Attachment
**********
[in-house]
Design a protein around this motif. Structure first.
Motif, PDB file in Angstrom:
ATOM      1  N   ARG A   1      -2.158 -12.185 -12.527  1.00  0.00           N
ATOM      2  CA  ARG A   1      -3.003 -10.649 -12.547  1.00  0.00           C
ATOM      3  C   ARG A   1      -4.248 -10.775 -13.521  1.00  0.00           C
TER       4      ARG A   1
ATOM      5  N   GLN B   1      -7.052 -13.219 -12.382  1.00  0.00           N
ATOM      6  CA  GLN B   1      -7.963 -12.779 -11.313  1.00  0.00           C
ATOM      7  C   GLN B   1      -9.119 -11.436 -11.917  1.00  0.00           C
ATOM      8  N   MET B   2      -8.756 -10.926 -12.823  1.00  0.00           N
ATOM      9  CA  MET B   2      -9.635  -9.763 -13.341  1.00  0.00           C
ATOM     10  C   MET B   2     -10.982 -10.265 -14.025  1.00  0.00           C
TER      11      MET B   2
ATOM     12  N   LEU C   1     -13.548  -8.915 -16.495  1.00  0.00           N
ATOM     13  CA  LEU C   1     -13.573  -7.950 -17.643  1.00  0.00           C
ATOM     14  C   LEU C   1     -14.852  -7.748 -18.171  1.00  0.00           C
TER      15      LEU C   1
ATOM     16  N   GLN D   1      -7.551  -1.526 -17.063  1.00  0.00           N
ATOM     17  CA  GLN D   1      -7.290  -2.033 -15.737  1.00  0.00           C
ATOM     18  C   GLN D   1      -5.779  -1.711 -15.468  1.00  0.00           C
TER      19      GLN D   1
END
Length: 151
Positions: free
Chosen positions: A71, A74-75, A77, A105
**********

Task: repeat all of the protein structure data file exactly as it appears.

[in-house]
Design a protein around this motif. Structure first.
Motif, PDB file in Angstrom:
ATOM      1  N   ARG A   1      -2.158 -12.185 -12.527  1.00  0.00           N
ATOM      2  CA  ARG A   1      -3.003 -10.649 -12.547  1.00  0.00           C
ATOM      3  C   ARG A   1      -4.248 -10.775 -13.521  1.00  0.00           C
TER       4      ARG A   1
ATOM      5  N   GLN B   1      -7.052 -13.219 -12.382  1.00  0.00           N
ATOM      6  CA  GLN B   1      -7.963 -12.779 -11.313  1.00  0.00           C
ATOM      7  C   GLN B   1      -9.119 -11.436 -11.917  1.00  0.00           C
ATOM      8  N   MET B   2      -8.756 -10.926 -12.823  1.00  0.00           N
ATOM      9  CA  MET B   2      -9.635  -9.763 -13.341  1.00  0.00           C
ATOM     10  C   MET B   2     -10.982 -10.265 -14.025  1.00  0.00           C
TER      11      MET B   2
ATOM     12  N   LEU C   1     -13.548  -8.915 -16.495  1.00  0.00           N
ATOM     13  CA  LEU C   1     -13.573  -7.950 -17.643  1.00  0.00           C
ATOM     14  C   LEU C   1     -14.852  -7.748 -18.171  1.00  0.00           C
TER      15      LEU C   1
ATOM     16  N   GLN D   1      -7.551  -1.526 -17.063  1.00  0.00           N
ATOM     17  CA  GLN D   1      -7.290  -2.033 -15.737  1.00  0.00           C
ATOM     18  C   GLN D   1      -5.779  -1.711 -15.468  1.00  0.00           C
TER      19      GLN D   1
END
Length: 151
Positions: free
Chosen positions: A71, A74-75, A77, A105